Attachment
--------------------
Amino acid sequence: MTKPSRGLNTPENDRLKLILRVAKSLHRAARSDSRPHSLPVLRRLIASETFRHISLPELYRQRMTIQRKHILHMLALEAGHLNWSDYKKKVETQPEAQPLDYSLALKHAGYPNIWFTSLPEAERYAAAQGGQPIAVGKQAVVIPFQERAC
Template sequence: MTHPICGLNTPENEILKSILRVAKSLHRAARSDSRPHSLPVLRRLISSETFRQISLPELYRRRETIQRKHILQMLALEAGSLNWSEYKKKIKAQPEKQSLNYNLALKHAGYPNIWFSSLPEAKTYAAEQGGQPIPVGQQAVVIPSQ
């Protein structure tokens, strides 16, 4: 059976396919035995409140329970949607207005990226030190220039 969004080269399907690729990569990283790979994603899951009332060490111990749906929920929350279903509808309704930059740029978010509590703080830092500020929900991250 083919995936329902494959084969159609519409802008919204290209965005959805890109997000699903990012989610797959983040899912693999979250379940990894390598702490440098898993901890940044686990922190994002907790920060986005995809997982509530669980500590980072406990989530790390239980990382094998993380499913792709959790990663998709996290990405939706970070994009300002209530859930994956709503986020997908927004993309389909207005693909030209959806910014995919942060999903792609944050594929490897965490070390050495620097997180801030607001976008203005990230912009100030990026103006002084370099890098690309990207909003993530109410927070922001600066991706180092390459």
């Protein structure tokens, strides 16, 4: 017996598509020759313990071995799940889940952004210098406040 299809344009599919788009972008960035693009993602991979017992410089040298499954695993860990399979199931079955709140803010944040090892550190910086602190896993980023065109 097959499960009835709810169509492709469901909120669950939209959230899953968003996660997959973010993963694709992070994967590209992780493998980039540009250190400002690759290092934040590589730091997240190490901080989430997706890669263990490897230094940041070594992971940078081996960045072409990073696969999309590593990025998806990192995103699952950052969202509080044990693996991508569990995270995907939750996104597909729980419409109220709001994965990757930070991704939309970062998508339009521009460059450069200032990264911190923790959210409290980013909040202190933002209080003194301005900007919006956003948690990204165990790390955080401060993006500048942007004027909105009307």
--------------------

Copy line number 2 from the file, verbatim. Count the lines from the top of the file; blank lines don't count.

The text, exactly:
Template sequence: MTHPICGLNTPENEILKSILRVAKSLHRAARSDSRPHSLPVLRRLISSETFRQISLPELYRRRETIQRKHILQMLALEAGSLNWSEYKKKIKAQPEKQSLNYNLALKHAGYPNIWFSSLPEAKTYAAEQGGQPIPVGQQAVVIPSQ